Her failure to advance at work causes husband's love to regress
Q: My husband recently told me, essentially, that he no longer loves me, and he is certainly not attracted to me, because I have disappointed him too many times by failing to advance professionally.
I have an administrative support job (one I'm very good at; I'm well paid, at least for administrative work, and I'm admired and respected by my employer). Because we have young kids, and a higher-level job would likely involve longer working hours and a lot more stress, I am not actively pursuing advancement opportunities at this time.
At the time we dated and got married, I had no idea his love would be contingent upon my professional advancement. Certainly, I have discussed other hopes and dreams from time to time, but we both agreed, I thought, that it would be best for me to have a low-stress job with regular hours while the kids are small.
He now works in a competitive industry in which, for better or worse, one is judged by the appearance and professional position of one's spouse, and he feels I'm an embarrassment and a liability. Is there any hope for this marriage? He won't go to counseling, because he feels the problem is mine, for failing to live up to his expectations.
A: Wow. I'm sorry your husband turned out to be such an embarrassment and a liability.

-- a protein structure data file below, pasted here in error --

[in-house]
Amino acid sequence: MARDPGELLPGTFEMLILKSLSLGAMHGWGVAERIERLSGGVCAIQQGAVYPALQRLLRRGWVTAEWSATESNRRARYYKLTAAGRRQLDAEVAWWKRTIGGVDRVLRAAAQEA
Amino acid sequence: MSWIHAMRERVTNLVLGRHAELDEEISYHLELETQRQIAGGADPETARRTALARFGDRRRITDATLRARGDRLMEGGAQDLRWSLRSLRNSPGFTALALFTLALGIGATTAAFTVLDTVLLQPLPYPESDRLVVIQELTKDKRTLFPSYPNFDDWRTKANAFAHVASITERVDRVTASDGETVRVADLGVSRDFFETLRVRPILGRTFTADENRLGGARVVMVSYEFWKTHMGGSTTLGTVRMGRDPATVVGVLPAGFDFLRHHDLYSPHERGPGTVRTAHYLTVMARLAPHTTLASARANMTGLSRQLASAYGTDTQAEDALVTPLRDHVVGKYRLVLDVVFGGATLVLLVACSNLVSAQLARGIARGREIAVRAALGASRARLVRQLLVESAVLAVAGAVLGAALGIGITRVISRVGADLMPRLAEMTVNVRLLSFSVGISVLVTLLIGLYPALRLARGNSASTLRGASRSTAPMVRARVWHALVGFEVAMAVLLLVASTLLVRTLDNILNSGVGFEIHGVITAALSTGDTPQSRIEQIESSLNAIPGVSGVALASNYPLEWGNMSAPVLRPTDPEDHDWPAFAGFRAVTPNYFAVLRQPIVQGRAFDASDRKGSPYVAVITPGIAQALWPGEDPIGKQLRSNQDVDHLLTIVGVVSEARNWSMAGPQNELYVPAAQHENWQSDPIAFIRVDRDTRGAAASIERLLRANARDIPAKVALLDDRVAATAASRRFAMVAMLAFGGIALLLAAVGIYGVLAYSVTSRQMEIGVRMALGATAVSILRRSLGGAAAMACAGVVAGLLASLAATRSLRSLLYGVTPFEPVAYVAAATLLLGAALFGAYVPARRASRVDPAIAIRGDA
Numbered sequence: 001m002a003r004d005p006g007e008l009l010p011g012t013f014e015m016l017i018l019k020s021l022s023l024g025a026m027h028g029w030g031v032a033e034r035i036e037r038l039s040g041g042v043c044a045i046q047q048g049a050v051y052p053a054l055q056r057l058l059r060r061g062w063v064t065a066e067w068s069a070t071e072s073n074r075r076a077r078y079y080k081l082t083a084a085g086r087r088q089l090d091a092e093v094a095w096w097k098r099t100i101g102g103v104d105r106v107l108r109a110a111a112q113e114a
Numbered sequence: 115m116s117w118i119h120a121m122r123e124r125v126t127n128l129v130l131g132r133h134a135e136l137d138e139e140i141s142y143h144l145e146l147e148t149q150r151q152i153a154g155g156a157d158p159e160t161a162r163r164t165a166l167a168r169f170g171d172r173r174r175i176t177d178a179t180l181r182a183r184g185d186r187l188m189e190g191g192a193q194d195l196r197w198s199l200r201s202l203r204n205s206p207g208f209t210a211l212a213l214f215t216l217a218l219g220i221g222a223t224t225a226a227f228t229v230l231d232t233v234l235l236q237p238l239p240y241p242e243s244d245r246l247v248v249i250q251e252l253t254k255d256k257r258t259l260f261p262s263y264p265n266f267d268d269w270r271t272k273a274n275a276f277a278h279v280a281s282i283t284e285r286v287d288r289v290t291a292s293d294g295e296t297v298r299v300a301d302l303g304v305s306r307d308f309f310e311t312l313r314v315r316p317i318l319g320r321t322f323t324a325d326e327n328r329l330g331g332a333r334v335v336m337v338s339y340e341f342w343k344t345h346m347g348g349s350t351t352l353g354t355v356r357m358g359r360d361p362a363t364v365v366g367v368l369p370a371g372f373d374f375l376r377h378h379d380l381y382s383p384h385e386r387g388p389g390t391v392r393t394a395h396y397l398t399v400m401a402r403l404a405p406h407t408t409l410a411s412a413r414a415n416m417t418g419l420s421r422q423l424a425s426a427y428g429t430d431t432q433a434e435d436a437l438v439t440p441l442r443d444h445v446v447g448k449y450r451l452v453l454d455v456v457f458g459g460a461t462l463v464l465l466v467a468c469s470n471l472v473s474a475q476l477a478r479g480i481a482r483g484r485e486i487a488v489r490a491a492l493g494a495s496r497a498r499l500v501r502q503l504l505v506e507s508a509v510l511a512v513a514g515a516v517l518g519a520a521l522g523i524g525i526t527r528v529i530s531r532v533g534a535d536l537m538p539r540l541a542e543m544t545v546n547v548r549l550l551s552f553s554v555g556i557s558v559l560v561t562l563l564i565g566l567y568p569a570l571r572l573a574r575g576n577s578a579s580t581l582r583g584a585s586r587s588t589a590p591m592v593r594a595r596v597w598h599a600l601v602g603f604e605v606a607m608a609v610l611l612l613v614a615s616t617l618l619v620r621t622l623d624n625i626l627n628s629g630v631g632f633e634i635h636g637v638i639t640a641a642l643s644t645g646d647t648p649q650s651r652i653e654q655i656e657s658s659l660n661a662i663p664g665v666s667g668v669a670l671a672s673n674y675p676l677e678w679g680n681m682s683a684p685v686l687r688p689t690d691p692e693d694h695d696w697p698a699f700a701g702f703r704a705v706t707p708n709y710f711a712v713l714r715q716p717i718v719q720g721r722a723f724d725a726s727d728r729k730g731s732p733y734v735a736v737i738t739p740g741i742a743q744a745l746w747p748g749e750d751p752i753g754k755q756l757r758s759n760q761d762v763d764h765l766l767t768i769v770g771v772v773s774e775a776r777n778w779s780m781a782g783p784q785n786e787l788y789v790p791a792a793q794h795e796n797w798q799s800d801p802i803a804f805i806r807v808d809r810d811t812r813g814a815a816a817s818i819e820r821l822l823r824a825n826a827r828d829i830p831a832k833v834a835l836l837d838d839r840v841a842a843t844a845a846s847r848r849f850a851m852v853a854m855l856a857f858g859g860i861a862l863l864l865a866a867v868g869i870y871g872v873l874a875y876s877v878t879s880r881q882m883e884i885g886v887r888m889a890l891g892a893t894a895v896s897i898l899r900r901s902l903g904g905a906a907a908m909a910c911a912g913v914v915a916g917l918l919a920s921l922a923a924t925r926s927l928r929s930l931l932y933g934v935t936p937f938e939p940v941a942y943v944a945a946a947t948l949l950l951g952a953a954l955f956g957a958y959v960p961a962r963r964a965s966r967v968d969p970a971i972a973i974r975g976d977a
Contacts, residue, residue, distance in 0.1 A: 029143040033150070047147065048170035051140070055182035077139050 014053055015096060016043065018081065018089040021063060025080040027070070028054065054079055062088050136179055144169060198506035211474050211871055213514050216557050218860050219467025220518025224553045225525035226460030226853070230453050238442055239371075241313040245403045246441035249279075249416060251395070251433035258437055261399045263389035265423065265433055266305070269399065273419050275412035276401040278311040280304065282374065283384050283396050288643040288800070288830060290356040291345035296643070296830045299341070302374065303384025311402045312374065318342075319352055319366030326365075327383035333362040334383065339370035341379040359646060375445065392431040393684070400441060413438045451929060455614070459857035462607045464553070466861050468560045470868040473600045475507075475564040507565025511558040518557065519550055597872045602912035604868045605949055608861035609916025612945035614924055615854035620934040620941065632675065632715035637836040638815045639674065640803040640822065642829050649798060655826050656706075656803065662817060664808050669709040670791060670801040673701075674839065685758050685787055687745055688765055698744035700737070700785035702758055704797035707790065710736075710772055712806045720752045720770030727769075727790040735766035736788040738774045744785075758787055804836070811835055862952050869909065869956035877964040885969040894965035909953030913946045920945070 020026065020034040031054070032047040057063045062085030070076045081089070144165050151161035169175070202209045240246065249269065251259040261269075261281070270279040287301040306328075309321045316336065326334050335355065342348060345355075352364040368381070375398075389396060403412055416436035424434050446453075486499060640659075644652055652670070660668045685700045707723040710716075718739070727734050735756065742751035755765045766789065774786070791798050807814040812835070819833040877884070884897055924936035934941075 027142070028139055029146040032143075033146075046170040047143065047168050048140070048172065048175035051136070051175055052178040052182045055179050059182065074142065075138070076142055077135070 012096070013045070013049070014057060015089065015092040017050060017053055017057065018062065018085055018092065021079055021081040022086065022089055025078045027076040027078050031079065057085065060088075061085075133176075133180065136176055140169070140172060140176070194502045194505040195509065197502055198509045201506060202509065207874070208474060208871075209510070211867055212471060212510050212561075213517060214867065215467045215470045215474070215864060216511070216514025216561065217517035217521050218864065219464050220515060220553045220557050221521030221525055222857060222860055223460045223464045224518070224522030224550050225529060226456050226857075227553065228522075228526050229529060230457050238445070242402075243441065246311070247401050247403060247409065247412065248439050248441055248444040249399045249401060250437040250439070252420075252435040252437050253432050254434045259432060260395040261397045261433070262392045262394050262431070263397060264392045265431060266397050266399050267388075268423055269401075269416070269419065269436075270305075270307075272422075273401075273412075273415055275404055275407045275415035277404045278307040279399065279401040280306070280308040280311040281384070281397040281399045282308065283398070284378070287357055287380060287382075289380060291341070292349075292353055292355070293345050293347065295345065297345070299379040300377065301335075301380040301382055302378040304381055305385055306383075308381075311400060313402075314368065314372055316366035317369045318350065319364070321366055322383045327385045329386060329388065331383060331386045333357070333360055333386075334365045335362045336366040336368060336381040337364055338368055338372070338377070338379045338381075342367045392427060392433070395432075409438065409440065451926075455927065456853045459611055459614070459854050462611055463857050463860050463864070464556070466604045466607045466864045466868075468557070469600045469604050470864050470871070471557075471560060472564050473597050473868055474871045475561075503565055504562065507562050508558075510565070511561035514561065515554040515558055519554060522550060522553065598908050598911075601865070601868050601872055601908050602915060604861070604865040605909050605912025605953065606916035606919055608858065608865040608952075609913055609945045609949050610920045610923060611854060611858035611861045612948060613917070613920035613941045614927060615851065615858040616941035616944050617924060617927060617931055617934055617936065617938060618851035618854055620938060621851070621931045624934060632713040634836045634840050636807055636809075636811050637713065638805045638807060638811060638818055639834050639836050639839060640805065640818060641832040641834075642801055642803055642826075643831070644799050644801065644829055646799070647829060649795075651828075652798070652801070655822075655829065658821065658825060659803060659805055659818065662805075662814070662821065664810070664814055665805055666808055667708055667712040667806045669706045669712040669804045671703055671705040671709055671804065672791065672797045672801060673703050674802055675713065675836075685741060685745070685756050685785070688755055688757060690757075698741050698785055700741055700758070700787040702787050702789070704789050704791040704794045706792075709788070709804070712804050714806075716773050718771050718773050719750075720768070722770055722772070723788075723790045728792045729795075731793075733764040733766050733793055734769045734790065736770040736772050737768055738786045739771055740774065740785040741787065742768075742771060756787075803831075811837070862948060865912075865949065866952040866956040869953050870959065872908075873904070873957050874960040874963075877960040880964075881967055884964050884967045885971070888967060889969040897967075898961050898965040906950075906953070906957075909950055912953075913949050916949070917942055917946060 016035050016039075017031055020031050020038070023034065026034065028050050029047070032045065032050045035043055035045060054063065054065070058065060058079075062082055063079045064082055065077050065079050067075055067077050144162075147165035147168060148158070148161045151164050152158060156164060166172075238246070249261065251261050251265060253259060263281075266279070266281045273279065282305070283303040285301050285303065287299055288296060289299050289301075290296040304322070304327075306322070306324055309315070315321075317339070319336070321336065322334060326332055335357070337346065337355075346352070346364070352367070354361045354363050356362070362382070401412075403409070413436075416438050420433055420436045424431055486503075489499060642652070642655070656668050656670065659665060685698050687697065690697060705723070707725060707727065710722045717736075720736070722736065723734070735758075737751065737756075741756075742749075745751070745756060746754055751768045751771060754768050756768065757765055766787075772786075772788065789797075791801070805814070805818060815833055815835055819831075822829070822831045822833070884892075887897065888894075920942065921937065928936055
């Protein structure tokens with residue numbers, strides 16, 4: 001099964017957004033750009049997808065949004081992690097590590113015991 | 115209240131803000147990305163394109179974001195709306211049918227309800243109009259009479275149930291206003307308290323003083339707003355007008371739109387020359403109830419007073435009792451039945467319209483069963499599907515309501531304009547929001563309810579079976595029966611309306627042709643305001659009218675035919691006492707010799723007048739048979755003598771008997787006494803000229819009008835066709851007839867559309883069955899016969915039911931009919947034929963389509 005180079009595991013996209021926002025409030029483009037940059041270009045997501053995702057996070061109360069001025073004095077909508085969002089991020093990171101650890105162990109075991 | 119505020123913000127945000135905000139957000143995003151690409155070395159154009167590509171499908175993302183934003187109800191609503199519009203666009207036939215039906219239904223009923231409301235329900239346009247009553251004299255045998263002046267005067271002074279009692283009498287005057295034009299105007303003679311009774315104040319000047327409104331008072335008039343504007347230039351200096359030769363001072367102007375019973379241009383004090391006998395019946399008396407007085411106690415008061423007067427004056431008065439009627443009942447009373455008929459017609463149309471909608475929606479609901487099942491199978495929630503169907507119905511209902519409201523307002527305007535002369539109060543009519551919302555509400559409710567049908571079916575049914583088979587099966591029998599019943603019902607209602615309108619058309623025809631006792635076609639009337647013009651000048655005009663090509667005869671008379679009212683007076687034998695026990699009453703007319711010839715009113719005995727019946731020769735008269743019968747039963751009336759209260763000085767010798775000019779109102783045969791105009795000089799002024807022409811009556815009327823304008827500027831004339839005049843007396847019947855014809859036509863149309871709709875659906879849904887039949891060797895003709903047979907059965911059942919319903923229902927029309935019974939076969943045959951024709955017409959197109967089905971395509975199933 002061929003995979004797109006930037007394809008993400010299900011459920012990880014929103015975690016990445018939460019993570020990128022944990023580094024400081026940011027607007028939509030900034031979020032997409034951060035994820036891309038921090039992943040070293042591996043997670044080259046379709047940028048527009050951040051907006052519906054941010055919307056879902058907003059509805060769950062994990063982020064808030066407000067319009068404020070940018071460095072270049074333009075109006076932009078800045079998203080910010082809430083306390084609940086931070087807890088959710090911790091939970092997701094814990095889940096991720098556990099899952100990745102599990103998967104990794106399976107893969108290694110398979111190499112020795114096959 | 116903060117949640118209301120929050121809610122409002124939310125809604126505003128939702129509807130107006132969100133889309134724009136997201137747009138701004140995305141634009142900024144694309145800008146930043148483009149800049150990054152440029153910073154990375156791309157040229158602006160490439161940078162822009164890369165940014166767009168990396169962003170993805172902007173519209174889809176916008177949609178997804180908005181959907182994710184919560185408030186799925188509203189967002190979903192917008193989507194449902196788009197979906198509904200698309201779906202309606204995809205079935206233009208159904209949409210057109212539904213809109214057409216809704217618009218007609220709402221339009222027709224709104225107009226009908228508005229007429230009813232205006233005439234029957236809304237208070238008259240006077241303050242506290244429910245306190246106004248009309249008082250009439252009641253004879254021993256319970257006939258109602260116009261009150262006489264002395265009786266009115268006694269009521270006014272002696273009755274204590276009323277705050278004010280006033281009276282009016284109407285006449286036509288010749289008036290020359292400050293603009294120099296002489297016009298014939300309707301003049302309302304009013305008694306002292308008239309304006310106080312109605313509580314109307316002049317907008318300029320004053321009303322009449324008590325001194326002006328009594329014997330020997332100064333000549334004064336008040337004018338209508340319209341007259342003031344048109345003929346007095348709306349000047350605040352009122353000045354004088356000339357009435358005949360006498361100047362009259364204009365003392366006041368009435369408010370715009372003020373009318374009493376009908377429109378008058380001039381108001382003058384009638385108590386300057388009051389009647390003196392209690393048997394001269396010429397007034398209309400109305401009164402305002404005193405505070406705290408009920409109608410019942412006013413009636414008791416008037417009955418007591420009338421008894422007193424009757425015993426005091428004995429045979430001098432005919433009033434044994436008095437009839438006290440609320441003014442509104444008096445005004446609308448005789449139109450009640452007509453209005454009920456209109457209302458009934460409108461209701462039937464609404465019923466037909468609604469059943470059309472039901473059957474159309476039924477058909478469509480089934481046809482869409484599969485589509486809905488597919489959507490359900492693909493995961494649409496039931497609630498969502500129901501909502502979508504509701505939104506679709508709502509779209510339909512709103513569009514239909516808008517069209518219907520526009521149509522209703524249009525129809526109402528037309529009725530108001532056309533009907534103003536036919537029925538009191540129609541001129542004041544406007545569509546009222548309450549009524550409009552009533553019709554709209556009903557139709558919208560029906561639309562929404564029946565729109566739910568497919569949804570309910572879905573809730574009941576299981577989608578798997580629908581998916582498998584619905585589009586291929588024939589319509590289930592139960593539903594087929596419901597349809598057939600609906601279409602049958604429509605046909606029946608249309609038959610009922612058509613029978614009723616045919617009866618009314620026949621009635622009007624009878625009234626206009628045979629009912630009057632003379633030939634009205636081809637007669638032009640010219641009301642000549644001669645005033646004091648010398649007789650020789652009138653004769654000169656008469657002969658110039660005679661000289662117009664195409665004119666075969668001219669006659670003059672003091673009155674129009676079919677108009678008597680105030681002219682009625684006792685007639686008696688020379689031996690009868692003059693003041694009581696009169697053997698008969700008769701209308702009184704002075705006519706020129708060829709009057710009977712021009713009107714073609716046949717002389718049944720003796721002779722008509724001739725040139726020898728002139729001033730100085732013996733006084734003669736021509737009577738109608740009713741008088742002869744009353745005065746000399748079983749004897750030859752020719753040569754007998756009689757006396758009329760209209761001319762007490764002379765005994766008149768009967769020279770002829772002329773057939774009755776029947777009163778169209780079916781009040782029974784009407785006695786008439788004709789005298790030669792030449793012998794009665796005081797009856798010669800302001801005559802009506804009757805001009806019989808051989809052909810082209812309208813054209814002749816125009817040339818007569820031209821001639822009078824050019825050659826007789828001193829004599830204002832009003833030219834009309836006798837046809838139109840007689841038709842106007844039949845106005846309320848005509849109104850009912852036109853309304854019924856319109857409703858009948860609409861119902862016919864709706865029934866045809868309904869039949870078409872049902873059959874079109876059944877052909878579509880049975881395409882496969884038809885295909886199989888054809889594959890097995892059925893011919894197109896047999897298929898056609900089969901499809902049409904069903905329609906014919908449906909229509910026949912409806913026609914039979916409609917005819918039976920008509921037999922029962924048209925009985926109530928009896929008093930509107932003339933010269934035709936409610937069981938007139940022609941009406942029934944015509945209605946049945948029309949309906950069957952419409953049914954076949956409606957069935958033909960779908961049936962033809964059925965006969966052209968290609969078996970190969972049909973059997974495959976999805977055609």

You can't change his opinion, but please do feel free to express (what I assume is) your disappointment that he doesn't consider your success as a mother to his children, and your success at balancing your professional obligations with your domestic ones, as worthy of
his and others' respect. You need to stick up for yourself here, not just because, but especially since, you were led to believe your decisions were made jointly and for the good of the family.
I imagine you're also beating yourself up for not recognizing sooner that he has a vacuum where his values should be, but please get that phase behind you quickly and move on to the wow-you-have-work-to-do-before-you-deserve-me phase.
A trip to a family counselor and a lawyer wouldn't hurt, either. Though that might seem counter to a goal of repairing the relationship and keeping your home intact, I don't think you'd be undermining that possibility if you also prepared yourself for the worst, versus just waiting till the other shoe drops. His little blame scenario could well be elaborate cover for a relationship with someone else. Besides, your being underestimated once seems like enough for one marriage.